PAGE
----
Drug Control Is a Bust!

Drug Control Is a Bust!
Posted by FoM on June 29, 1999 at 16:41:12 PT
Clinton's policy continues costly failed strategy
Source: SF Gate
THE Clinton Administration unveiled earlier this year its 1999 National Drug Control Strategy, a continuation of an ambitious program initiated in 1989 to reduce illegal drug use in the United States.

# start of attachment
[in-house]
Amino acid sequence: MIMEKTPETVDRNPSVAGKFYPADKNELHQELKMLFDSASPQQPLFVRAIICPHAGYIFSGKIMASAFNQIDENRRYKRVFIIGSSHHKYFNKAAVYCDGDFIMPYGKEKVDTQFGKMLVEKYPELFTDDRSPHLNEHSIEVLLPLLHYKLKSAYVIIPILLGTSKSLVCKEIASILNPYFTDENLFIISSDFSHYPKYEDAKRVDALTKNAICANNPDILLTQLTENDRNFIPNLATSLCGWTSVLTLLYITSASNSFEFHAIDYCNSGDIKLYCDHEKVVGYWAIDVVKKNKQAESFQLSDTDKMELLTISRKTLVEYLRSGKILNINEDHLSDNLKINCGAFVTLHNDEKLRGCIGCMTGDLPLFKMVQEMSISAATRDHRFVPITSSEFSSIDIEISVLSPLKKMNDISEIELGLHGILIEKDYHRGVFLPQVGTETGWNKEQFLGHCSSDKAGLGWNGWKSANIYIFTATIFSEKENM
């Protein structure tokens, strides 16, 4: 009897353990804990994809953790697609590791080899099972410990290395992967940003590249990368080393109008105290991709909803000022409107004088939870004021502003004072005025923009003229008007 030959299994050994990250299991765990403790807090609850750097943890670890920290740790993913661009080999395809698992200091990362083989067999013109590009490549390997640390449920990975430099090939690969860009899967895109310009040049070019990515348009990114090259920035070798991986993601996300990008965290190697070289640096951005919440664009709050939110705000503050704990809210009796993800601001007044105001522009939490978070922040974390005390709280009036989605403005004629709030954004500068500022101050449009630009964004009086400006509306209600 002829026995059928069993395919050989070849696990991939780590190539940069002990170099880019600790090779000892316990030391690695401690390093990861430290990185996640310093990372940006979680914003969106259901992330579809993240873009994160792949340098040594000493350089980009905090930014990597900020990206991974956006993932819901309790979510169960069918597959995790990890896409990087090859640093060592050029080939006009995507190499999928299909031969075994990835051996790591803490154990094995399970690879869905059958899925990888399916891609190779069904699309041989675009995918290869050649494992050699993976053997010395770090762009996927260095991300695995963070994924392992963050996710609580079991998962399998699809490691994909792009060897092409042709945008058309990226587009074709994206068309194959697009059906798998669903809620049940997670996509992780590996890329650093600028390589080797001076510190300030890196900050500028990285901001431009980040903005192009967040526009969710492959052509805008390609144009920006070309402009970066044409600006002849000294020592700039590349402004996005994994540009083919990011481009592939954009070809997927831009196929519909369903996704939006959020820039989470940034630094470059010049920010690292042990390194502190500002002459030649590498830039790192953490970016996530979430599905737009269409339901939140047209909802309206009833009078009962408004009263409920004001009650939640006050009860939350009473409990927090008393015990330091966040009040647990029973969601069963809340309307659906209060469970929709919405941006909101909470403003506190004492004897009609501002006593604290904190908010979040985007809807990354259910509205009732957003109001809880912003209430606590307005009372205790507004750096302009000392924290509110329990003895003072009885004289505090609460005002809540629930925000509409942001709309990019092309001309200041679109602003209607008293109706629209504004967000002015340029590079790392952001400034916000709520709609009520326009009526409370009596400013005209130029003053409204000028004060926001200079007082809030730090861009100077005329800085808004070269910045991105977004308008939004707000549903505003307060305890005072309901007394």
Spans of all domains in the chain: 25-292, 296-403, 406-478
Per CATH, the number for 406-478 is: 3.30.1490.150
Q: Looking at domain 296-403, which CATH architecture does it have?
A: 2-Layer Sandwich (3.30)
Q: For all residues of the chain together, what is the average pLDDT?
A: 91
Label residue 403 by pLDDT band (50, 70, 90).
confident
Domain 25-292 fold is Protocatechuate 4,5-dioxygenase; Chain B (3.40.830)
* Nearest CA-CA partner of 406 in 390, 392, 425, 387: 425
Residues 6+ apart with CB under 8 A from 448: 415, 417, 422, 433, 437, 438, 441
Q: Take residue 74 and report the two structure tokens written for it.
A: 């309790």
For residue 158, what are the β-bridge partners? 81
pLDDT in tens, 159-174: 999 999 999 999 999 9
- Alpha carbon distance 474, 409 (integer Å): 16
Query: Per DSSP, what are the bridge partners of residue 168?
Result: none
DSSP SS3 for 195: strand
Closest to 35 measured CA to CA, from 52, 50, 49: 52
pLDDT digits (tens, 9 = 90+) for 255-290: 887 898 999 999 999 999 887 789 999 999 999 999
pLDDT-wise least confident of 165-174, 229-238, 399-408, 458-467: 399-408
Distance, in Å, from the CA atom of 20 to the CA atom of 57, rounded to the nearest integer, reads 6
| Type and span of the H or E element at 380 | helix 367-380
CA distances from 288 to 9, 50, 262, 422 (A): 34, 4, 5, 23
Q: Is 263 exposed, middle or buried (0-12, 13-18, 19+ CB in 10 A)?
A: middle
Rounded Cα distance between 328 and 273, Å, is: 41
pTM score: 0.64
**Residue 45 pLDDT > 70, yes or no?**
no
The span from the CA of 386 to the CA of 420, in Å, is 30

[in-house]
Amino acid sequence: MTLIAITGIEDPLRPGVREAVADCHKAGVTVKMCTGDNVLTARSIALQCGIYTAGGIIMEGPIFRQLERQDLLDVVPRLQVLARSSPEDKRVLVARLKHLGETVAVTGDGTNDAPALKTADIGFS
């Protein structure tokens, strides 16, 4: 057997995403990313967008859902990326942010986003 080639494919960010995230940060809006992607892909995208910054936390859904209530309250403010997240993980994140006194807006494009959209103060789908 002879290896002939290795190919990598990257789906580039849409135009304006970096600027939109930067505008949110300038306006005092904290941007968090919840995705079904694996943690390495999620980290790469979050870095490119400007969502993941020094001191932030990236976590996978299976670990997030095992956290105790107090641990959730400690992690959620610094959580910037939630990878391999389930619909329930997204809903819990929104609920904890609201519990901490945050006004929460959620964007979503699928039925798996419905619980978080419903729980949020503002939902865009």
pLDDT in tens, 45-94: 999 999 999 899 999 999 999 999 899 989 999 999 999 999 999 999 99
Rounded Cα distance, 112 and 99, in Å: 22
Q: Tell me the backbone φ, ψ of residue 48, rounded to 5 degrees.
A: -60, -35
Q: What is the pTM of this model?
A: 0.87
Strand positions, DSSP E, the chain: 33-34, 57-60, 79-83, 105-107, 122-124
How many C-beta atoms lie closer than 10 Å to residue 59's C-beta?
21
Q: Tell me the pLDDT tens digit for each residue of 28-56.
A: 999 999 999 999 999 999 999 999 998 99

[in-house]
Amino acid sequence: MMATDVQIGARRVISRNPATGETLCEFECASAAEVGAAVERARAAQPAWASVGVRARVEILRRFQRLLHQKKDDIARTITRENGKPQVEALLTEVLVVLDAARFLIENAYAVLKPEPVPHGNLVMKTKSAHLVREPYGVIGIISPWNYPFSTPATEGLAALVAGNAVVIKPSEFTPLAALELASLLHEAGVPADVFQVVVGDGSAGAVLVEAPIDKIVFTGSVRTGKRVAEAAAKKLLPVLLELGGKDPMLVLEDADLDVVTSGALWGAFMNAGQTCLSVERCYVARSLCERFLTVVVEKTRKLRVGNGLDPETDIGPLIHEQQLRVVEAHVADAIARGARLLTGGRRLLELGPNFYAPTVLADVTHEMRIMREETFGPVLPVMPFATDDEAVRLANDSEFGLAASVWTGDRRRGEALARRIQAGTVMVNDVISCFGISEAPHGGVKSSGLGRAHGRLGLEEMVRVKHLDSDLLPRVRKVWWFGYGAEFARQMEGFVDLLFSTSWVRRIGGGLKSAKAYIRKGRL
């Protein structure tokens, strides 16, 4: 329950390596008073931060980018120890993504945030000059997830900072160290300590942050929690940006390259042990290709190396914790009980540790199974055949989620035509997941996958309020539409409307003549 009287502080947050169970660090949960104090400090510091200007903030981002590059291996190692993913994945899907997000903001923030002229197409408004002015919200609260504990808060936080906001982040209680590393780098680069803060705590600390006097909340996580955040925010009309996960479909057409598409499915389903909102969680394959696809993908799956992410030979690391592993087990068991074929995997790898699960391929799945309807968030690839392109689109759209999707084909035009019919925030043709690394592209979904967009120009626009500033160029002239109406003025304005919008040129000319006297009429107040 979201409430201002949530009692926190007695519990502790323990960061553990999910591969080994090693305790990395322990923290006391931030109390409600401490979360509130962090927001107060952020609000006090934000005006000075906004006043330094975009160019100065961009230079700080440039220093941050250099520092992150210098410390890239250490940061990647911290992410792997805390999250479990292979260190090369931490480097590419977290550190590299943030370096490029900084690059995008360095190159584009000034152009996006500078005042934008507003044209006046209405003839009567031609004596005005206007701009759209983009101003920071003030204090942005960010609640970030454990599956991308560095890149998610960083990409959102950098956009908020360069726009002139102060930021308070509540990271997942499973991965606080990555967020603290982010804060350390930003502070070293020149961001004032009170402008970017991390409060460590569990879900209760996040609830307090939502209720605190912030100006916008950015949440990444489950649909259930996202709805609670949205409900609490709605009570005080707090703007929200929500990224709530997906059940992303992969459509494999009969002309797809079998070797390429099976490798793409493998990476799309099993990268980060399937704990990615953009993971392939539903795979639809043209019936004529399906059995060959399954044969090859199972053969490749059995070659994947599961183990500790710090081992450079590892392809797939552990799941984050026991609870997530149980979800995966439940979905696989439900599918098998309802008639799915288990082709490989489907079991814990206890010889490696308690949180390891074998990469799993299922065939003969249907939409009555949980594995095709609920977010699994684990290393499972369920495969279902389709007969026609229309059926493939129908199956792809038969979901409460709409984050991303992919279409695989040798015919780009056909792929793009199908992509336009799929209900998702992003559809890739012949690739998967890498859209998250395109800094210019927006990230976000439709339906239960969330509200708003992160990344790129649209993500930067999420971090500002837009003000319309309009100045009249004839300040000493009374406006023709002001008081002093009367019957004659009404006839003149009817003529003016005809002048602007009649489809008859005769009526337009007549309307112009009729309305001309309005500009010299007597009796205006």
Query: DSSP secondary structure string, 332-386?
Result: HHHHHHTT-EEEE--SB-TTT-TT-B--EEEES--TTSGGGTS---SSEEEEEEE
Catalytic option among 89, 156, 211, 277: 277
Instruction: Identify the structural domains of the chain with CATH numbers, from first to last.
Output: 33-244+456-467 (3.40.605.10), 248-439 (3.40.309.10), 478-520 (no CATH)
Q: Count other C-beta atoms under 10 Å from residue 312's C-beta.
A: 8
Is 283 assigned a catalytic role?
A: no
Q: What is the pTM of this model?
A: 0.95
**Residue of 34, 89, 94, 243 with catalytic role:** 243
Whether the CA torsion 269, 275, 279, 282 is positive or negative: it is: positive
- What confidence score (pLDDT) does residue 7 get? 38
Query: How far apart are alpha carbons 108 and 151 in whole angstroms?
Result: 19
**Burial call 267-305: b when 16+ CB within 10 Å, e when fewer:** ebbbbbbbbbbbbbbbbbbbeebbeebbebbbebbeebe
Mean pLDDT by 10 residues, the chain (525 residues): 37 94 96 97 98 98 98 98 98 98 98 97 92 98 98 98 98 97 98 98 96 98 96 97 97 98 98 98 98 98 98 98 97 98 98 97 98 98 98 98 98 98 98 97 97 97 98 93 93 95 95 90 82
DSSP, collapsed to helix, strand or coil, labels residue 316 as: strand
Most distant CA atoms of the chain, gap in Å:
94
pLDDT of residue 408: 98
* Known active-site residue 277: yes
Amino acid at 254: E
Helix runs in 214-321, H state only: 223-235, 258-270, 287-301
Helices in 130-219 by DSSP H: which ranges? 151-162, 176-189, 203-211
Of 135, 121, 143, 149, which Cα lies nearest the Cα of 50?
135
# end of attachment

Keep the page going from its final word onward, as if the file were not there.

Although most government officials will not admit it, the plan launched in 1989 has not only failed to meet most of its objectives, but it has also failed to stem disturbing trends, especially in the area of adolescent drug use. Despite these discouraging results, the new federal drug policy continues to focus on law enforcement. Nearly two-thirds of the proposed budget for the 1999 program is allocated to this effort, while education, prevention and treatment programs account for only a third of the funds. During the past year, drug czar General Barry McCaffrey announced 97 new goals for the program. The most notable is that of cutting illegal drug use, as well as the drug supply itself, by half within the next 10 years. Seemingly ignored in the announcement of this plan was an important piece of drug policy history. When the national plan to control drugs was announced in 1989, it set just nine goals to be met within 10 years, including reducing by 50 percent the use of illegal drugs, the number of emergency room visits associated with illegal drug use, the amount of illegal drugs coming into the United States, the amount of marijuana grown here, and the number of high school students who report that they do not disapprove of illegal drug use. The results of these goals are available but have not been well publicized. In preparing to unveil these new program goals, President Clinton stated last year that ``Drug use in America has declined by 50 percent over the last decade.'' The facts do not support this statement. According to the National Household Survey on Drug Abuse, the decline in the use of illegal drugs between 1988 and 1997 was only 16 percent, with virtually no decline since 1991. In fact, of those nine original goals, only one, to reduce cocaine use by 50 percent, has been met. Cocaine use has declined in the general adult population by about 50 percent. Meanwhile, use of hallucinogens has risen 20 percent, and heroin use has more than tripled. The most notable failure has been in reducing adolescent drug use. Instead of meeting the goal of a 50 percent decrease, there was a greater than 40 percent increase, including a nearly 75 percent increase in marijuana use. Similarly, the goal to decrease by 50 percent the number of high school students who report that they approve of illegal drug use has met with failure. Indeed, the results show a trend in the opposite direction, with the proportion of high school students approving of illegal drug use significantly higher than it was a decade ago. Efforts by the federally funded Drug Abuse Warning Network to reduce by 50 percent emergency room visits attributable to illegal drugs also failed. Between 1988 and 1996, drug-linked emergency room visits increased by 21 percent. The goals targeting reductions in do mestic marijuana production and in the amount of illegal drugs entering the United States cannot be assessed because there are no reliable estimates. These discouraging results come during the same period that federal spending on drug control has more than tripled, from $4.7 billion in 1988 to $16 billion in 1998. The proposed budget for the next four years is $70 billion. The record of failure for goals set 10 years ago, and the lack of fundamental change in the approach to drug control, makes it unreasonable to believe that these 97 new goals will be met. It is time for politicians to drop expensive programs based on strategies that do not work. If we are to be truly effective in decreasing drug use, we must demand thoughtful alternative policies. Stephen Sidney, M.D., is associate director for clinical research for Kaiser Permanente's Division of Research in Oakland. His opinion reflects his personal views and not those of Kaiser Permanente Medical Group.Written by Stephen Sidney Pubdate : 6-29-99 1999 San Francisco Chronicle Page A21
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